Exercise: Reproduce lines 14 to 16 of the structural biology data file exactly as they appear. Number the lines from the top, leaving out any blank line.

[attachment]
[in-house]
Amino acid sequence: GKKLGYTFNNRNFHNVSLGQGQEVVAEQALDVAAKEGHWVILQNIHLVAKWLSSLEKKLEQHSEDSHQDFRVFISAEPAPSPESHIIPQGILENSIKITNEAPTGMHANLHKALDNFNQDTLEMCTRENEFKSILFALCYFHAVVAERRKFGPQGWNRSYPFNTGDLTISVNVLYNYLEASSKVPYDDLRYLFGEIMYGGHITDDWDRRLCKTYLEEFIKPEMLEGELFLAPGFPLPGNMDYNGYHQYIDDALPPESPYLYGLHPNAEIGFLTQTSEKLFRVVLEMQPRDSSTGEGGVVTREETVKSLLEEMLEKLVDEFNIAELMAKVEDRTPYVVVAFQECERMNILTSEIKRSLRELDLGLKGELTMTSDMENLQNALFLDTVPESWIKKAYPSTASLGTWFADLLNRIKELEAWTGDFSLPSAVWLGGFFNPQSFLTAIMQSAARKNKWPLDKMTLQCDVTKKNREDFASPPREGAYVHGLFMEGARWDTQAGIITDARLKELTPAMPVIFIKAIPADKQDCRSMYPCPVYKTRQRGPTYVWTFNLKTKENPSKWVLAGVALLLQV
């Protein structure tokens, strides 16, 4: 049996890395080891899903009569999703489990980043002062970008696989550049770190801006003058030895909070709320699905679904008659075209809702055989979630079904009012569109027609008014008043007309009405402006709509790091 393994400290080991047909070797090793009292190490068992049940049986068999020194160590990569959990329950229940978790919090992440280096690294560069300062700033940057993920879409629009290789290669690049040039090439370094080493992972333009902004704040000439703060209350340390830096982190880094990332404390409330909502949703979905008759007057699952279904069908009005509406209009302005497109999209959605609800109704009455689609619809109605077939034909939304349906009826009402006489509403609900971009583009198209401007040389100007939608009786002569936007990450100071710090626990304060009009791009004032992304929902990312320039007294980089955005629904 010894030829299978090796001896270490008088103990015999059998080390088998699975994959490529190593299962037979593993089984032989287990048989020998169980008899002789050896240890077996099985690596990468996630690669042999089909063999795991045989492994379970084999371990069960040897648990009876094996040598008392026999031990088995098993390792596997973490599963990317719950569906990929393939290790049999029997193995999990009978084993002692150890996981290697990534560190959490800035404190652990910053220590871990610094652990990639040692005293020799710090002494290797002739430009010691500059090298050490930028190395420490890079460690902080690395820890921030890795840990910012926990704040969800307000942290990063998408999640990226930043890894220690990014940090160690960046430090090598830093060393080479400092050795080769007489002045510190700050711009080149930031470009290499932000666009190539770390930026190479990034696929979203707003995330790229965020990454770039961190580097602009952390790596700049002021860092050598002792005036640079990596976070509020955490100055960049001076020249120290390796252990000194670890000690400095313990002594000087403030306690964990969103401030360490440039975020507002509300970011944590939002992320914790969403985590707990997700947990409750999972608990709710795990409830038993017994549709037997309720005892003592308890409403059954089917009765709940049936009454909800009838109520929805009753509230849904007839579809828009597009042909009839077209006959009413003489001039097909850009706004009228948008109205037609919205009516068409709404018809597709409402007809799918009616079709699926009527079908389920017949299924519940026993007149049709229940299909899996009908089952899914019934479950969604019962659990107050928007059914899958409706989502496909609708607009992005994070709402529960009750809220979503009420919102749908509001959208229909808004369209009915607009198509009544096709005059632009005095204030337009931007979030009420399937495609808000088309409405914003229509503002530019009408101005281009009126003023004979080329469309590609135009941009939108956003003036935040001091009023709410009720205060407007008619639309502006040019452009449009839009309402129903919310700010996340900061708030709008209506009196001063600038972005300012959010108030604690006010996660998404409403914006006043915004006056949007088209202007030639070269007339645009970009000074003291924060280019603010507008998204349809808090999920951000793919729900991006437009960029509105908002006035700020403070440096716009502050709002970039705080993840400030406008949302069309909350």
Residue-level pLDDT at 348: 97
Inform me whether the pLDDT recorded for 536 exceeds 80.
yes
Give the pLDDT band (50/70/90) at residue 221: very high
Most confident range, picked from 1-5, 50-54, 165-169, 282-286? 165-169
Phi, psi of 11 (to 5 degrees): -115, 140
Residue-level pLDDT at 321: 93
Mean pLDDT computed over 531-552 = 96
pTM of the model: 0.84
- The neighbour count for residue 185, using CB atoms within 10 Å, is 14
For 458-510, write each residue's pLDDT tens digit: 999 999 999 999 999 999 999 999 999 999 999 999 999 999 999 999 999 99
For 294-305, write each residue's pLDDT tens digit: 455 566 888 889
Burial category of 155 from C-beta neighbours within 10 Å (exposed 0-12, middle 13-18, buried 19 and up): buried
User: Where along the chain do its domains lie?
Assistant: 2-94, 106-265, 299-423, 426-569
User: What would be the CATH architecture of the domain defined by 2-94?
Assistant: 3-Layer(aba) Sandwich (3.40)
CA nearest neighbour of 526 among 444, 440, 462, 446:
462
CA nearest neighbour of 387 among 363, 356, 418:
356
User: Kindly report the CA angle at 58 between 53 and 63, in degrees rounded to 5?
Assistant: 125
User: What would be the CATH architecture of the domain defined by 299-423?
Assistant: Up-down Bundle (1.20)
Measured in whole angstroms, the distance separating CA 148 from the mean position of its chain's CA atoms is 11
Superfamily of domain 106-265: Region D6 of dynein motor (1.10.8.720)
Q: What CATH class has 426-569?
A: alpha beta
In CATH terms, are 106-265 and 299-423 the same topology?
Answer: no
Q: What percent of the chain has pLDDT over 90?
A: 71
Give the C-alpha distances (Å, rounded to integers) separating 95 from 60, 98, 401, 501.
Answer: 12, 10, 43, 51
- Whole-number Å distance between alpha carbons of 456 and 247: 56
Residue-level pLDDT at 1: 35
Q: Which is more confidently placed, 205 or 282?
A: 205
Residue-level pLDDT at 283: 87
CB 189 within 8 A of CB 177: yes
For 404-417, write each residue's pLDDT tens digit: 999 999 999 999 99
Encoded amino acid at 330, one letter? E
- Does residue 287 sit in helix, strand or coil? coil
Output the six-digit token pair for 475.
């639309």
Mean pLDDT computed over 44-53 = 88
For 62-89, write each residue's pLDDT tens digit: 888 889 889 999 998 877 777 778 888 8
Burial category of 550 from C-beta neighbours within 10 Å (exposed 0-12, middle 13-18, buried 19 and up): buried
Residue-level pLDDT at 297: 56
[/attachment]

For 458-510, write each residue's pLDDT tens digit: 999 999 999 999 999 999 999 999 999 999 999 999 999 999 999 999 999 99
For 294-305, write each residue's pLDDT tens digit: 455 566 888 889
Burial category of 155 from C-beta neighbours within 10 Å (exposed 0-12, middle 13-18, buried 19 and up): buried